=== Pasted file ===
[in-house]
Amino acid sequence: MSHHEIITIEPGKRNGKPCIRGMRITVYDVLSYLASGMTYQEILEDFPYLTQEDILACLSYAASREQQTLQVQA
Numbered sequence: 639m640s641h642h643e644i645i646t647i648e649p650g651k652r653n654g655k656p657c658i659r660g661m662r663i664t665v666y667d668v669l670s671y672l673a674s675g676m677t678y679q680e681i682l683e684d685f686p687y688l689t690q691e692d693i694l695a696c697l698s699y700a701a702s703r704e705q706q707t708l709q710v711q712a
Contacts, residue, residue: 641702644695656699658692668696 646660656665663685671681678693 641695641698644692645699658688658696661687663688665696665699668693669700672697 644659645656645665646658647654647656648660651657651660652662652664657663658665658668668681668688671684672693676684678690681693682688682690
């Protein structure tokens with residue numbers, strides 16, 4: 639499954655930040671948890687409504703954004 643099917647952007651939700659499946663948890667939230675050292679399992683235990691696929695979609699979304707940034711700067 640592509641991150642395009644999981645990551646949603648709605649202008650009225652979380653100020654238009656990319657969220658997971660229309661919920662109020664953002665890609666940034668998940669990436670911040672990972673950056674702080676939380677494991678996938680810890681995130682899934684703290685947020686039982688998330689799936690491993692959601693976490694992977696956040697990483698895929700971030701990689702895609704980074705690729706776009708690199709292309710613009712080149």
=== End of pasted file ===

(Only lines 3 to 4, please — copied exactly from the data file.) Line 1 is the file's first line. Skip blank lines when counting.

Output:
Numbered sequence: 639m640s641h642h643e644i645i646t647i648e649p650g651k652r653n654g655k656p657c658i659r660g661m662r663i664t665v666y667d668v669l670s671y672l673a674s675g676m677t678y679q680e681i682l683e684d685f686p687y688l689t690q691e692d693i694l695a696c697l698s699y700a701a702s703r704e705q706q707t708l709q710v711q712a
Contacts, residue, residue: 641702644695656699658692668696 646660656665663685671681678693 641695641698644692645699658688658696661687663688665696665699668693669700672697 644659645656645665646658647654647656648660651657651660652662652664657663658665658668668681668688671684672693676684678690681693682688682690